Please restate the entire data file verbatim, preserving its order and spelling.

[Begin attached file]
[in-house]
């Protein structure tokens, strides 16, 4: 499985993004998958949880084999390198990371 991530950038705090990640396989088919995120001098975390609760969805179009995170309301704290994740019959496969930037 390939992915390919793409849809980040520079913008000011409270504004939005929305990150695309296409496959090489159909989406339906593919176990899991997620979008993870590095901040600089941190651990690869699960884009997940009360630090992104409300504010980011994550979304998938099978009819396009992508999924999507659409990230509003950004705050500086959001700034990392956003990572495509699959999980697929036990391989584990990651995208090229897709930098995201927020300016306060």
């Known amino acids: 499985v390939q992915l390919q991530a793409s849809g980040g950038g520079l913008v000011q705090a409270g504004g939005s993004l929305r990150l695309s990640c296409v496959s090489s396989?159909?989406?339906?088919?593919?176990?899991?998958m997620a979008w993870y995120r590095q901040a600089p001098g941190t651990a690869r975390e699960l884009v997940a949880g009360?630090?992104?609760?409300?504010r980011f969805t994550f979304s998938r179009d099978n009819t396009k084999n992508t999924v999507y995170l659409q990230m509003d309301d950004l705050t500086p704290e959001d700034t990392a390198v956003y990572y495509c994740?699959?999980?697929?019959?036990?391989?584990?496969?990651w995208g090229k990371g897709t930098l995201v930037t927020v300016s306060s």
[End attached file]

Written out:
[in-house]
């Protein structure tokens, strides 16, 4: 499985993004998958949880084999390198990371 991530950038705090990640396989088919995120001098975390609760969805179009995170309301704290994740019959496969930037 390939992915390919793409849809980040520079913008000011409270504004939005929305990150695309296409496959090489159909989406339906593919176990899991997620979008993870590095901040600089941190651990690869699960884009997940009360630090992104409300504010980011994550979304998938099978009819396009992508999924999507659409990230509003950004705050500086959001700034990392956003990572495509699959999980697929036990391989584990990651995208090229897709930098995201927020300016306060």
């Known amino acids: 499985v390939q992915l390919q991530a793409s849809g980040g950038g520079l913008v000011q705090a409270g504004g939005s993004l929305r990150l695309s990640c296409v496959s090489s396989?159909?989406?339906?088919?593919?176990?899991?998958m997620a979008w993870y995120r590095q901040a600089p001098g941190t651990a690869r975390e699960l884009v997940a949880g009360?630090?992104?609760?409300?504010r980011f969805t994550f979304s998938r179009d099978n009819t396009k084999n992508t999924v999507y995170l659409q990230m509003d309301d950004l705050t500086p704290e959001d700034t990392a390198v956003y990572y495509c994740?699959?999980?697929?019959?036990?391989?584990?496969?990651w995208g090229k990371g897709t930098l995201v930037t927020v300016s306060s």